Explaining Young Men’s Opposition to Gender Equality Policies in South Korea
June 1, 2023
Recent surveys in South Korea show that resistance to the institutionalization of gender equality is stronger among younger than older men. This, the author argues, indicates not a turn toward conservative values but an increasing sense of insecurity from slower economic growth.
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While it is widely believed that younger generations are more supportive of equality and diversity than older generations (Norris and Inglehart 2003; Nteta and Greenlee 2013), recent polls in South Korea reveal that young men in their twenties and thirties oppose gender equality policies more strongly than older men (Jeong and Lee 2019). Interestingly, this is not a phenomenon unique to South Korea. As shown in Figure 1, support for a legislative gender quota is higher for younger groups among women. For men, however, the younger they are, the stronger is their opposition to a gender quota. Studies of other countries also show that young men in their twenties and thirties oppose gender equality policies or female political leadership at a rate similar to, if not higher than, older men (Burden et al. 2017; Ono and Burden 2019).
Figure 1. Gender Quota Support by Gender and Age Groups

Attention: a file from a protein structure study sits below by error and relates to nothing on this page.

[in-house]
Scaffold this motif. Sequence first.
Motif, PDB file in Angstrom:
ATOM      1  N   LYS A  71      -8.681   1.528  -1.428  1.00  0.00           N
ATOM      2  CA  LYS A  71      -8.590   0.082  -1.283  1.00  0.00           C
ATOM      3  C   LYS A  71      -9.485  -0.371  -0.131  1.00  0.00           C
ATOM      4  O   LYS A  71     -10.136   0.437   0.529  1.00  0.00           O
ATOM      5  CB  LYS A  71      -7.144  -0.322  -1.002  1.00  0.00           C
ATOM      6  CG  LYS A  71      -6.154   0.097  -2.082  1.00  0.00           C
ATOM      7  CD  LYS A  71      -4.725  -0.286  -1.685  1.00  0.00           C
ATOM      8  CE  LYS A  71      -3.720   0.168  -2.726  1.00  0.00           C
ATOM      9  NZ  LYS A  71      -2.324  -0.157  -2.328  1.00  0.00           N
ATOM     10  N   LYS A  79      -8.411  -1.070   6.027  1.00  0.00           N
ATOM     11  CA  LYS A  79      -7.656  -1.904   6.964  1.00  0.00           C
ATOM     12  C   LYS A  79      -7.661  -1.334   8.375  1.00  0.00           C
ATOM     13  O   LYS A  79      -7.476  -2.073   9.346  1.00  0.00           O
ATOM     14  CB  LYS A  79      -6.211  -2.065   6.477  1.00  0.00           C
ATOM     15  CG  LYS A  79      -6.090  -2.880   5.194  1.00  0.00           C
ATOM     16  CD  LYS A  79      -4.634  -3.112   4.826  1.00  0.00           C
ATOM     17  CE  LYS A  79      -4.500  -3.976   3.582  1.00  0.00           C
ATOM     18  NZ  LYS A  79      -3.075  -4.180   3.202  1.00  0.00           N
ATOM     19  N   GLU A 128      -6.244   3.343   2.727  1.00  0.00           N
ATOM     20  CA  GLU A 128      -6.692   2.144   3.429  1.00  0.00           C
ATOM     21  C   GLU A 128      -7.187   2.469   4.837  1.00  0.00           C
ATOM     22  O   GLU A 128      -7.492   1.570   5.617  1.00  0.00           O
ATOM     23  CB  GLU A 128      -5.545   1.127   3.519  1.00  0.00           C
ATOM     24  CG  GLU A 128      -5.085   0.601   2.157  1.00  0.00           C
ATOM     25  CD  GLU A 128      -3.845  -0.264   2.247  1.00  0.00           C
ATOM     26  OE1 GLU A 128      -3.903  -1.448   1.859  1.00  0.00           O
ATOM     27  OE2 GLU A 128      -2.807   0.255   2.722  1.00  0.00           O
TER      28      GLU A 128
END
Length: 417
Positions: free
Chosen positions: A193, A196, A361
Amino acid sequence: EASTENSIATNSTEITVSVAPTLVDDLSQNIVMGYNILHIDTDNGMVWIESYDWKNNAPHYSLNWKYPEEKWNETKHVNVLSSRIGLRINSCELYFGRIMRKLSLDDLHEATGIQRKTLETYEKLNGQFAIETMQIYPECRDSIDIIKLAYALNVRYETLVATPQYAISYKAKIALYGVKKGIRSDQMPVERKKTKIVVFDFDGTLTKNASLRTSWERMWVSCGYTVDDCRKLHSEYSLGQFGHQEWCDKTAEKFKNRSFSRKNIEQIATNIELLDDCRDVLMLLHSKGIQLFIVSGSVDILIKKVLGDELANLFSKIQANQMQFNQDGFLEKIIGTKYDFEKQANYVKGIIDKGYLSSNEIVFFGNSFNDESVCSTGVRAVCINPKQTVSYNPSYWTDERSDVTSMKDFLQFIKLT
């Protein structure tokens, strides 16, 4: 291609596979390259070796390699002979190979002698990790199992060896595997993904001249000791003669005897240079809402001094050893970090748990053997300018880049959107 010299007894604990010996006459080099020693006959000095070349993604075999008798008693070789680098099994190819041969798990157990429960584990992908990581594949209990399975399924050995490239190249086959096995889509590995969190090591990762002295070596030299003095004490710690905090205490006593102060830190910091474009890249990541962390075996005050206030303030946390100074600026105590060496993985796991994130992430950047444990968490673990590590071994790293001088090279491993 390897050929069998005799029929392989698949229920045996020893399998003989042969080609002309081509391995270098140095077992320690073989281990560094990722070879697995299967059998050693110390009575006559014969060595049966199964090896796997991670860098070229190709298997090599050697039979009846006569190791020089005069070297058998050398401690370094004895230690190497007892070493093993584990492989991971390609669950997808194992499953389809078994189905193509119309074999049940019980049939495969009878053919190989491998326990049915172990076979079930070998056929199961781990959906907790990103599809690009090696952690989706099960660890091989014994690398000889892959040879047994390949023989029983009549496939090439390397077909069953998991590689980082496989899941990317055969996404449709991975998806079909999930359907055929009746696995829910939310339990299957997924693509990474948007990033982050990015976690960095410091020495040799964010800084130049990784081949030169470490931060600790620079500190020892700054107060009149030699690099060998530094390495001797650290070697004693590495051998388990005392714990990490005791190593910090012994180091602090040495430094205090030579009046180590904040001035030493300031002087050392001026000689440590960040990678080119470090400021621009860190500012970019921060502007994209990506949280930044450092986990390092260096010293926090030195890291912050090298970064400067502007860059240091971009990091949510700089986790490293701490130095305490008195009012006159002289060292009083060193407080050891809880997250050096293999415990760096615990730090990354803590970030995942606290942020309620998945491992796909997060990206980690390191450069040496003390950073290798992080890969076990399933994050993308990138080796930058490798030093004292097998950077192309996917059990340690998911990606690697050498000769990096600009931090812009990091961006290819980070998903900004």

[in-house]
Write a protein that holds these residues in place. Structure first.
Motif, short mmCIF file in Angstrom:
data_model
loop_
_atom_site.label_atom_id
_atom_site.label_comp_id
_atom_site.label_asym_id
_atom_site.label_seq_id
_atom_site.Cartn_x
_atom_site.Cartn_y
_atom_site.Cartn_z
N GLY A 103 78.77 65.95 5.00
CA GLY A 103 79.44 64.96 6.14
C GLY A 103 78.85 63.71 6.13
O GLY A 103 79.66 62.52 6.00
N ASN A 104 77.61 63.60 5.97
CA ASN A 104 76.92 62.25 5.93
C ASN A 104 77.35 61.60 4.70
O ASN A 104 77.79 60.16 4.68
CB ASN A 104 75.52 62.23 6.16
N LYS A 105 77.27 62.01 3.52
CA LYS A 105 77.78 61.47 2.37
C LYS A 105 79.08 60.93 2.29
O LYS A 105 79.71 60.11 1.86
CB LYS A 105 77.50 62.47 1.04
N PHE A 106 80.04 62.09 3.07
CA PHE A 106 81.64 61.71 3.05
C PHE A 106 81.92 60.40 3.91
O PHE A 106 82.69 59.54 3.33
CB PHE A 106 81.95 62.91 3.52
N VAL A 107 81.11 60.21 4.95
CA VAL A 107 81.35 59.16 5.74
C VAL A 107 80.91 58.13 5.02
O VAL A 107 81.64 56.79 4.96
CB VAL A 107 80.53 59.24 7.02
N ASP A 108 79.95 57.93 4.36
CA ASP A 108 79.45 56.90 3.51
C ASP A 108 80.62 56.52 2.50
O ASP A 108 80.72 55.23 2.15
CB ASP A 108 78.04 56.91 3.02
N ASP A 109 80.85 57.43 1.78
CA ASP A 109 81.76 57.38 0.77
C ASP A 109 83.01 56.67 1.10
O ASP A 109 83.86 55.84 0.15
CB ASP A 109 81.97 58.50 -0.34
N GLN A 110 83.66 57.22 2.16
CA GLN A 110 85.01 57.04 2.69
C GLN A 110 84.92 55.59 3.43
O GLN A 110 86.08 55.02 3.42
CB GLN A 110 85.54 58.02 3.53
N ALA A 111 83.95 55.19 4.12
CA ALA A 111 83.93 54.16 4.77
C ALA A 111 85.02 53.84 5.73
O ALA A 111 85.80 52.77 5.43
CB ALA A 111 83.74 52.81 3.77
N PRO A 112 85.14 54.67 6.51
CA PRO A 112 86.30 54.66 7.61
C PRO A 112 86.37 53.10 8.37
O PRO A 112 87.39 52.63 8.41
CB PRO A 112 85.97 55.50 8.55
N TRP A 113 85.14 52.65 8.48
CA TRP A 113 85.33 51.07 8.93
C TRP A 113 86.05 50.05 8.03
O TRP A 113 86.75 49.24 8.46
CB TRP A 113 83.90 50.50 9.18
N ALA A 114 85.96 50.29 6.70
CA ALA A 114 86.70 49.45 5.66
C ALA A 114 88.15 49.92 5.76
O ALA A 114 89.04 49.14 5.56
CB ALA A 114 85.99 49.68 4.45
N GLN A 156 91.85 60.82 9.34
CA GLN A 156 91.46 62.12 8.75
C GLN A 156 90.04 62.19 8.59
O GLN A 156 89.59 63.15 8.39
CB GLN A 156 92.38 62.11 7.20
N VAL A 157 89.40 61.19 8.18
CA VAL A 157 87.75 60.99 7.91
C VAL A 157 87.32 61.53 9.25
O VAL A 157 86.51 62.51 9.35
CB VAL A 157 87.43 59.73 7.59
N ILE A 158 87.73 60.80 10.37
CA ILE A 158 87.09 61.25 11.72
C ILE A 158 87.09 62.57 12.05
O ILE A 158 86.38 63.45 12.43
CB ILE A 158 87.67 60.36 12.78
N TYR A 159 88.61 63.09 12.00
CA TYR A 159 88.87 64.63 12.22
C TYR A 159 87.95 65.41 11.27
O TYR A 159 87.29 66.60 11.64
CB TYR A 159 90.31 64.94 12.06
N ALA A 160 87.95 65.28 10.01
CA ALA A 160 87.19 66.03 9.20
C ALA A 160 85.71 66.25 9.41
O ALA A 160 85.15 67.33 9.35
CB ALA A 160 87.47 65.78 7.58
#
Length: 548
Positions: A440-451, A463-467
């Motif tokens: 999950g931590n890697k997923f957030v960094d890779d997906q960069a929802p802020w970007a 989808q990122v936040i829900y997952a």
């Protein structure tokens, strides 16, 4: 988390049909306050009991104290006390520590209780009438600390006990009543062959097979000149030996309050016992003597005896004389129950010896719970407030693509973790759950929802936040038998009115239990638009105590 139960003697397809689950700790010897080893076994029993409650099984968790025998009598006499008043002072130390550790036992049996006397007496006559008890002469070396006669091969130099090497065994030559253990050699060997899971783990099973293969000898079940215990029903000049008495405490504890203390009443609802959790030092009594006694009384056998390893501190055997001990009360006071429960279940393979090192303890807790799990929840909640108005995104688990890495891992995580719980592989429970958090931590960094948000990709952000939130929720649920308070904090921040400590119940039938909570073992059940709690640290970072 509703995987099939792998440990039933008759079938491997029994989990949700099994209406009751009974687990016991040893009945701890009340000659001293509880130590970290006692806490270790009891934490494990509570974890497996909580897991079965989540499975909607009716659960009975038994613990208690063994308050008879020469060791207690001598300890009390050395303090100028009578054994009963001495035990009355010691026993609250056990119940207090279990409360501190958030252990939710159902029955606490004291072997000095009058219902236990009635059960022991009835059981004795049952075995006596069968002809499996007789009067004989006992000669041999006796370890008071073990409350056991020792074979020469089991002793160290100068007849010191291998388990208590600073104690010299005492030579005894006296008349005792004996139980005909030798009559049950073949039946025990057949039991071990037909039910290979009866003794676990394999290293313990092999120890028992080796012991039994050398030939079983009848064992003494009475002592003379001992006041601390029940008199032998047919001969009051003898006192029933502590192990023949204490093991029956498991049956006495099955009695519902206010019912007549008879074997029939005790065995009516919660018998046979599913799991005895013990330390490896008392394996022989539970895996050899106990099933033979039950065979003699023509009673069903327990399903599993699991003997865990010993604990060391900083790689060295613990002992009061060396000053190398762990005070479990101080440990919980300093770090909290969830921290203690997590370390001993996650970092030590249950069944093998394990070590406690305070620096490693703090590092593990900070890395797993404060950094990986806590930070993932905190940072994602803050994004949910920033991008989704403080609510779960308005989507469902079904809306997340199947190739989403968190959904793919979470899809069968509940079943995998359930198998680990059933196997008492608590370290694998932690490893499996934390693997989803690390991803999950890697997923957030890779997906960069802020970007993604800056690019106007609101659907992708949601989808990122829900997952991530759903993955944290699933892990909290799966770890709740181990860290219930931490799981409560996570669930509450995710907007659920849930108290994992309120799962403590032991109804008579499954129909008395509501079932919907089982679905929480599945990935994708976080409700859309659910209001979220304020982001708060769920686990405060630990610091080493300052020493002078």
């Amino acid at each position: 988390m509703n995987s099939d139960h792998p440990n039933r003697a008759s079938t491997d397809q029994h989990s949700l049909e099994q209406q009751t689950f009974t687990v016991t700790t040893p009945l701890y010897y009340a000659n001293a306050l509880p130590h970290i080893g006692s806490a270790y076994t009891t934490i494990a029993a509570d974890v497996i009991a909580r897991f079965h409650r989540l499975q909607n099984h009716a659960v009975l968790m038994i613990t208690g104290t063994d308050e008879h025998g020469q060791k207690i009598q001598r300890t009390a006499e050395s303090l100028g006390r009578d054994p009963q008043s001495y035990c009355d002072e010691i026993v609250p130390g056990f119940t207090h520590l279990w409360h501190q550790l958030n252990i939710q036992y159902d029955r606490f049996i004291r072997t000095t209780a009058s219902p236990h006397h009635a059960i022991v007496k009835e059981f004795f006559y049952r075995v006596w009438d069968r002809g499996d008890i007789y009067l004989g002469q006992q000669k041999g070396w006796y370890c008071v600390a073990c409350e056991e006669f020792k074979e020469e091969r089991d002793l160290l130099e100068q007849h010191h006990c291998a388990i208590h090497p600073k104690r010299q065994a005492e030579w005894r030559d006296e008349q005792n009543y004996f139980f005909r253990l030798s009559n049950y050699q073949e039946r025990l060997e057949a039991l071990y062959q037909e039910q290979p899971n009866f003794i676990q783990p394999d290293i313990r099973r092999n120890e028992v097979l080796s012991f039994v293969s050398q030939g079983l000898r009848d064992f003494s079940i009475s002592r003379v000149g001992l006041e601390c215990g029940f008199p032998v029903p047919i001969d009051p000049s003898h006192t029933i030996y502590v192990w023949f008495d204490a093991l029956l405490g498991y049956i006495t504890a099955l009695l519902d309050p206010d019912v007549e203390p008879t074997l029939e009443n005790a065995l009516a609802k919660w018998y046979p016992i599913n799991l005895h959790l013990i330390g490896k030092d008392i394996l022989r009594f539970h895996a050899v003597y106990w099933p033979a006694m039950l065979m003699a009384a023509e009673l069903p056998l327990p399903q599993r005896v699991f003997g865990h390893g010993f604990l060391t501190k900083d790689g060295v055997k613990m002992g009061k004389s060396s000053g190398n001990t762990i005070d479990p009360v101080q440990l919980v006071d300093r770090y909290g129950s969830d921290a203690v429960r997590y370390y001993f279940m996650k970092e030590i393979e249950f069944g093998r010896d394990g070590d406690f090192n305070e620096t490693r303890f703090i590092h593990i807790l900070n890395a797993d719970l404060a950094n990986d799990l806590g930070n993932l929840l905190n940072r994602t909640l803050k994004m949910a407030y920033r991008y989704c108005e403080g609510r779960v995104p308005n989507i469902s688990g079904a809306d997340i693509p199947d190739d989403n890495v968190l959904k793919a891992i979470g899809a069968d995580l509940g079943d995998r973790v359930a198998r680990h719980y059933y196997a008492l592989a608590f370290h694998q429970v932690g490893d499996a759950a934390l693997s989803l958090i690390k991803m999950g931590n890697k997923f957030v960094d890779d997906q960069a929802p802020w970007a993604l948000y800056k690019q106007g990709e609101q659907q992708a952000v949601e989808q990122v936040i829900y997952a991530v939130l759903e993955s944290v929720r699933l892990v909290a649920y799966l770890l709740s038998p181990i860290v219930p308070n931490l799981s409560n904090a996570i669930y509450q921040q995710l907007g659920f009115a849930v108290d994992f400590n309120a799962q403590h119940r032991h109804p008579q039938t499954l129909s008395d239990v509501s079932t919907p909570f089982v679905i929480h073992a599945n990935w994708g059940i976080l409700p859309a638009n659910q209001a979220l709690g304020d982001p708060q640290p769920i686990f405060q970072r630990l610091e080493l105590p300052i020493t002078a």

Source: Hankook Research (2018).
Previous research has emphasized conservative gender norms and stereotypes as determinants of public opposition to gender equality policies (Barnes and Cόrdova 2016; Keenan and McElroy 2017; Beauregard 2018; Smith et al. 2017). However, conservative norms and stereotypes do not explain the hostility of young men towards such policies, as they tend to hold more liberal norms than older counterparts (Kim and Kweon 2022). Then what explains young men’s opposition to gender equality policies in South Korea?
In my article, “Why Do Young Men Oppose Gender Quotas? Group Threat and Backlash to Legislative Gender Quotas,” coauthored with Jeong Hyun Kim, we show that young men’s opposition to gender equality policies should be understood by their group-based anxiety caused by perceived threats to their status (Kim and Kweon 2022). The growing presence of women in social, economic, and political arenas has heightened anxiety among men who view women’s achievement as a threat to their social status. Such anxiety, in turn, results in increased opposition to policies that aim to further enhance women’s status in society.
Our study emphasizes that young men in their twenties and thirties are particularly sensitive to status threat. There are two main reasons for stronger hostility toward gender equality policies among younger men. First, the economic conditions faced by younger generations today are much bleaker than when older generations were young. With slower economic growth in the post-industrialization era, material wealth and benefits in such forms as job security and home ownership—which were enjoyed by older generations—are increasingly out of reach for the younger generation. Instead, the younger generation today suffer from high youth unemployment rates, job insecurity, and limited access to home ownership, although they are more educated than their elders. Such macroeconomic realities reinforce the younger group’s economic vulnerability, resulting in their low support for policies that promote gender equality, which are perceived as a threat to their status.